It will be rolled out in the country’s 28,000 primary schools, according to Kenya Institute of Curriculum Development director Julius Jwan.
More than 160,000 teachers handling early years education — pre-primary 1 to 2 and grade 1 to 3 — in public and private schools will undergo the training.
In a statement to newsrooms on Sunday, Dr Jwan said the training would focus on the competency-based curriculum, interpretation of the curriculum designs, special needs education and integration of ICT in teaching and learning.
“We will induct teachers up to the closest time it can be to the implementation of the curriculum. If we decide to wait for another year, we shall just be going round in circles,” he said.
Piloting of the system started in 470 schools in May. The piloting took place in nursery, Standard One, Two and Three following the training of more than 1,888 teachers.
Five pre-primary and five primary schools from every county participated in the piloting, which took between eight and 10 weeks.
The first lot of 2,374 curriculum support officers, headteachers and teachers from the piloting schools were trained in two phases.
The officers were trained to interpret curriculum designs and how to develop schemes of work and lesson plans.
“They were taken through the basic education curriculum framework, which outlines the rationale for the reforms and the envisaged changes,” Dr Jwan added.
In the new education system, which stresses continuous assessment tests over summative evaluation, the number of subjects will be reduced to create room for identification and nurturing of talents, besides academic capabilities.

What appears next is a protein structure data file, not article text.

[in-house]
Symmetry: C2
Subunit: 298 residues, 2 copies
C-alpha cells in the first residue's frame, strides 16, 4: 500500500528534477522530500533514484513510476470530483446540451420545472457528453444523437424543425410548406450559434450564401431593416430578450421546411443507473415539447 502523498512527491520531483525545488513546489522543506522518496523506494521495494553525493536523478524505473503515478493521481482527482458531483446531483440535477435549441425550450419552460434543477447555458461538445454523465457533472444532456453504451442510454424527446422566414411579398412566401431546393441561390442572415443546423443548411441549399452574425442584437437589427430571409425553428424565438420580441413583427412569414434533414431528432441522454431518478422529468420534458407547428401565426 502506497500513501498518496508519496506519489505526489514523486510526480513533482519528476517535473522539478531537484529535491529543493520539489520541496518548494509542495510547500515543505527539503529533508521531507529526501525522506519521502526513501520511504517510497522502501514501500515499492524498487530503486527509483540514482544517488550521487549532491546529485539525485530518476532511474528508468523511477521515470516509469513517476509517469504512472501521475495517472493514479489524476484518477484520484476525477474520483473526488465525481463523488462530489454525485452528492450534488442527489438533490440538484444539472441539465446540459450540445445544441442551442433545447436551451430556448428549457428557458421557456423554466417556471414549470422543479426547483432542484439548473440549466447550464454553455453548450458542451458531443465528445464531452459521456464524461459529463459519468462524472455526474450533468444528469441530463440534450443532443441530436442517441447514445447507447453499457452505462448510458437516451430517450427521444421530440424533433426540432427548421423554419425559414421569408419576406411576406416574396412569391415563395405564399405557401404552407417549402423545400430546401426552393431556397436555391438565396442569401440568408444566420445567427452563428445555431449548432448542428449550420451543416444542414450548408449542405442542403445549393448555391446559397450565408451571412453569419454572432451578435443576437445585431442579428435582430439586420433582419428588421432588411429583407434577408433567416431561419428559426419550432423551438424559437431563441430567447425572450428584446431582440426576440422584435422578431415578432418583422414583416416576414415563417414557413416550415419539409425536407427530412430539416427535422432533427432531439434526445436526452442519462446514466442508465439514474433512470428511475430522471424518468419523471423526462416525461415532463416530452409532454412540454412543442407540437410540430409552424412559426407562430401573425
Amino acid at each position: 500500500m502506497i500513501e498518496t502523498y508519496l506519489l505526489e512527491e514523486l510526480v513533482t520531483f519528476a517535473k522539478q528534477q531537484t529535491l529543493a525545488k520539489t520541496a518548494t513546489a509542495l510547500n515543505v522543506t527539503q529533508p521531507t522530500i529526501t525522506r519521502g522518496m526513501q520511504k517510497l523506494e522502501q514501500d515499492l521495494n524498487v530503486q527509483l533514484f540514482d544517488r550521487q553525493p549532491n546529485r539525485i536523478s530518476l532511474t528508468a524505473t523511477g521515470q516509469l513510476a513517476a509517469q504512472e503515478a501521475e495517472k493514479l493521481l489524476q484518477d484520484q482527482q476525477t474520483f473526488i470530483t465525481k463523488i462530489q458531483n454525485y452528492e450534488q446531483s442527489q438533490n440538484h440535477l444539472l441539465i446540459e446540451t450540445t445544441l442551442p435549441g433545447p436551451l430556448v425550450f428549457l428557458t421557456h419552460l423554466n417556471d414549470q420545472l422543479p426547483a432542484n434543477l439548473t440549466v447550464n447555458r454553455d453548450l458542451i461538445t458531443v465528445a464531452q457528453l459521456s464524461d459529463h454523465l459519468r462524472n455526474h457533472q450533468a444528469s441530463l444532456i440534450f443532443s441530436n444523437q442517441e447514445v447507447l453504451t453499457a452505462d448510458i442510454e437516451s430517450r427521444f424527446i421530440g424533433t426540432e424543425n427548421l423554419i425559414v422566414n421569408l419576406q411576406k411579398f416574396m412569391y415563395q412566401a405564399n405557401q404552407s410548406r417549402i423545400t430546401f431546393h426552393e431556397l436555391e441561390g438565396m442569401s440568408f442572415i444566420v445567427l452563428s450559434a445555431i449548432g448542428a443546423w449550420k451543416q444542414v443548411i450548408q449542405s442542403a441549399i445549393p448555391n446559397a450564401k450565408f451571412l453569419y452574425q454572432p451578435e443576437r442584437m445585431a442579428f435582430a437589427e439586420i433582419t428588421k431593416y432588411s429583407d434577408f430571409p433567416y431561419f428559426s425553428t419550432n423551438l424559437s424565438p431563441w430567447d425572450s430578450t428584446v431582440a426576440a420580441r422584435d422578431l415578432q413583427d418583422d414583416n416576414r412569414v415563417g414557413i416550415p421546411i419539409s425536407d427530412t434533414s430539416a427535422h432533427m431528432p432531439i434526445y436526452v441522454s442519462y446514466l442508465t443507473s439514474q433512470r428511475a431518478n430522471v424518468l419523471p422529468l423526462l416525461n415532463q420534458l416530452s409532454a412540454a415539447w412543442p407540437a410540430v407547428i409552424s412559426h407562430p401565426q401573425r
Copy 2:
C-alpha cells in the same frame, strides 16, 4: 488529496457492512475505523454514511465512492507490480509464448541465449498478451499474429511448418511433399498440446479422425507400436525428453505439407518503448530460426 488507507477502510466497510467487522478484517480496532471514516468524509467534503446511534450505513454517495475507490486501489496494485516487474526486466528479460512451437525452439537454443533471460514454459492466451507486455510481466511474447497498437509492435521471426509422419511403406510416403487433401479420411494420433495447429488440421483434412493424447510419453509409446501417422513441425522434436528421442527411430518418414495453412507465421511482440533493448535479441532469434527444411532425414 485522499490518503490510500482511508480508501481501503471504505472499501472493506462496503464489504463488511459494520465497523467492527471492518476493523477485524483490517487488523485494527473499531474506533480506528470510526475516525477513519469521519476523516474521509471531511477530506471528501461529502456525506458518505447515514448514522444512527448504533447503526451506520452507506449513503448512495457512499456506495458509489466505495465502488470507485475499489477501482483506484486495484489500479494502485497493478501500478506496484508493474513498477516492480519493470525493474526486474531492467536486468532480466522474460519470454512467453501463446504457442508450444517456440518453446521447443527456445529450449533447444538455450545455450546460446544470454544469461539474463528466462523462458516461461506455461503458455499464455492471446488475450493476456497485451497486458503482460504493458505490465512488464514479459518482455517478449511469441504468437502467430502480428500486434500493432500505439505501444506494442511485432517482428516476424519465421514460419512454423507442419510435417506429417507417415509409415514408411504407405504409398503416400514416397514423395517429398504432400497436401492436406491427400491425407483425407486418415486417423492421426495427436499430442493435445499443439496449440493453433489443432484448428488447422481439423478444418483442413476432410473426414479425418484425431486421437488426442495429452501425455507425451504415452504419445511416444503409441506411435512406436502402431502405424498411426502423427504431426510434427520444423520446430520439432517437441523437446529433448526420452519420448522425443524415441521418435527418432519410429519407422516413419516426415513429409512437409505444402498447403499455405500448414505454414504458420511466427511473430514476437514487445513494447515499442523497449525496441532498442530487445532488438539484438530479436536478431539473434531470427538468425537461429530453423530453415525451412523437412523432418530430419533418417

It also seeks to equip learners with seven key skills: Communication and collaboration; self-efficacy; critical thinking and problem solving; creativity and imagination; citizenship; digital literacy; and learning to learn.
Kenya Primary Schools Heads Association chairman Shem Ndolo yesterday said the programme should be rolled out in stages.
“We do not want it to be like 8-4-4 system, which was started in totality only to turn up to be a fiasco, not because it was a bad thing, but because of the manner it was started,” he said.
KICD is also working with county governments to facilitate the training of Early Childhood Development Education teachers.
County directors of education in charge of ECDE met KICD representatives to strategise on how best the teachers who handle learners at formative age could be trained.
“We recognise ECDE is a devolved function. We have a duty to reach out to national and devolved governments and seal any loopholes that might derail this important exercise,” Dr Jwan said.
Additional reporting by Ahmed Mohamed